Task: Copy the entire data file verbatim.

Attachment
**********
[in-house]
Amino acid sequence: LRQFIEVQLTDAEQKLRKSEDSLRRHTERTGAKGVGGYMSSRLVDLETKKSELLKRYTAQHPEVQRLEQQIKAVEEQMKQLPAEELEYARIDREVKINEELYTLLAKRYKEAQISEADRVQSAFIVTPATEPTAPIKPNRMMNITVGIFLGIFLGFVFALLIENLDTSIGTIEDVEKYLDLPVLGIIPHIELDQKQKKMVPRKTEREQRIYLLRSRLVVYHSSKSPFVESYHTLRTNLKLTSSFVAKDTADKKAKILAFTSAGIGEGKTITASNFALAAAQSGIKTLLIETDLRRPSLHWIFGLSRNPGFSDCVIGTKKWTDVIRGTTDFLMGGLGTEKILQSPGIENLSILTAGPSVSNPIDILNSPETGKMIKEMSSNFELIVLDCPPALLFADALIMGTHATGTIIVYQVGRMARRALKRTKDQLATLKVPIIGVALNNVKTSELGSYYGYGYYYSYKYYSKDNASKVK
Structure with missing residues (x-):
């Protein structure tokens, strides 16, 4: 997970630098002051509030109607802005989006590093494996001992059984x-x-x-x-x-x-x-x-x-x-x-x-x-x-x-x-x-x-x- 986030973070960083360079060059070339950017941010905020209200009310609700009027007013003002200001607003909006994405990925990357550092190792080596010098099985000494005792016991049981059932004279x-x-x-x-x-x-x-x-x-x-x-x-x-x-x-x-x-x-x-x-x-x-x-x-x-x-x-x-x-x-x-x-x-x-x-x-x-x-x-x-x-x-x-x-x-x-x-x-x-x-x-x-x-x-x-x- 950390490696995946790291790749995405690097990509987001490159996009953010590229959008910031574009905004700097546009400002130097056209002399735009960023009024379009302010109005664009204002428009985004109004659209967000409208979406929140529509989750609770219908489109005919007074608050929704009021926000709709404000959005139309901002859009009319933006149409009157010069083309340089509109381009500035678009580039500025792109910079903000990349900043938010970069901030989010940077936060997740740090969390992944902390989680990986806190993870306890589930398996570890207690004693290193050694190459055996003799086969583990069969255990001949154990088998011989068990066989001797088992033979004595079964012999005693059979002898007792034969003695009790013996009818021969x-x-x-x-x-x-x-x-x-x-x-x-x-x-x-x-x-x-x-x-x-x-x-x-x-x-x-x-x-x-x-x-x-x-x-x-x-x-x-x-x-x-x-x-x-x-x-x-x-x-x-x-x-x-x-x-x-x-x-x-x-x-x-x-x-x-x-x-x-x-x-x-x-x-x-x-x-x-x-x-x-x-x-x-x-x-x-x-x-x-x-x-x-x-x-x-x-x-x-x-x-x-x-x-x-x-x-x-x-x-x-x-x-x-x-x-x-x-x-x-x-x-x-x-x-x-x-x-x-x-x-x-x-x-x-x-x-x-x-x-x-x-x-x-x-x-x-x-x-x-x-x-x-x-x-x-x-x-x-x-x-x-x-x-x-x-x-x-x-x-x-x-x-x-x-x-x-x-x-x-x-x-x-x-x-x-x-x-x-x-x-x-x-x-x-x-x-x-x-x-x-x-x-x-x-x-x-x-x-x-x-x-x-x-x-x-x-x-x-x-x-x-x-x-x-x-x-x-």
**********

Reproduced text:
[in-house]
Amino acid sequence: LRQFIEVQLTDAEQKLRKSEDSLRRHTERTGAKGVGGYMSSRLVDLETKKSELLKRYTAQHPEVQRLEQQIKAVEEQMKQLPAEELEYARIDREVKINEELYTLLAKRYKEAQISEADRVQSAFIVTPATEPTAPIKPNRMMNITVGIFLGIFLGFVFALLIENLDTSIGTIEDVEKYLDLPVLGIIPHIELDQKQKKMVPRKTEREQRIYLLRSRLVVYHSSKSPFVESYHTLRTNLKLTSSFVAKDTADKKAKILAFTSAGIGEGKTITASNFALAAAQSGIKTLLIETDLRRPSLHWIFGLSRNPGFSDCVIGTKKWTDVIRGTTDFLMGGLGTEKILQSPGIENLSILTAGPSVSNPIDILNSPETGKMIKEMSSNFELIVLDCPPALLFADALIMGTHATGTIIVYQVGRMARRALKRTKDQLATLKVPIIGVALNNVKTSELGSYYGYGYYYSYKYYSKDNASKVK
Structure with missing residues (x-):
């Protein structure tokens, strides 16, 4: 997970630098002051509030109607802005989006590093494996001992059984x-x-x-x-x-x-x-x-x-x-x-x-x-x-x-x-x-x-x- 986030973070960083360079060059070339950017941010905020209200009310609700009027007013003002200001607003909006994405990925990357550092190792080596010098099985000494005792016991049981059932004279x-x-x-x-x-x-x-x-x-x-x-x-x-x-x-x-x-x-x-x-x-x-x-x-x-x-x-x-x-x-x-x-x-x-x-x-x-x-x-x-x-x-x-x-x-x-x-x-x-x-x-x-x-x-x-x- 950390490696995946790291790749995405690097990509987001490159996009953010590229959008910031574009905004700097546009400002130097056209002399735009960023009024379009302010109005664009204002428009985004109004659209967000409208979406929140529509989750609770219908489109005919007074608050929704009021926000709709404000959005139309901002859009009319933006149409009157010069083309340089509109381009500035678009580039500025792109910079903000990349900043938010970069901030989010940077936060997740740090969390992944902390989680990986806190993870306890589930398996570890207690004693290193050694190459055996003799086969583990069969255990001949154990088998011989068990066989001797088992033979004595079964012999005693059979002898007792034969003695009790013996009818021969x-x-x-x-x-x-x-x-x-x-x-x-x-x-x-x-x-x-x-x-x-x-x-x-x-x-x-x-x-x-x-x-x-x-x-x-x-x-x-x-x-x-x-x-x-x-x-x-x-x-x-x-x-x-x-x-x-x-x-x-x-x-x-x-x-x-x-x-x-x-x-x-x-x-x-x-x-x-x-x-x-x-x-x-x-x-x-x-x-x-x-x-x-x-x-x-x-x-x-x-x-x-x-x-x-x-x-x-x-x-x-x-x-x-x-x-x-x-x-x-x-x-x-x-x-x-x-x-x-x-x-x-x-x-x-x-x-x-x-x-x-x-x-x-x-x-x-x-x-x-x-x-x-x-x-x-x-x-x-x-x-x-x-x-x-x-x-x-x-x-x-x-x-x-x-x-x-x-x-x-x-x-x-x-x-x-x-x-x-x-x-x-x-x-x-x-x-x-x-x-x-x-x-x-x-x-x-x-x-x-x-x-x-x-x-x-x-x-x-x-x-x-x-x-x-x-x-x-």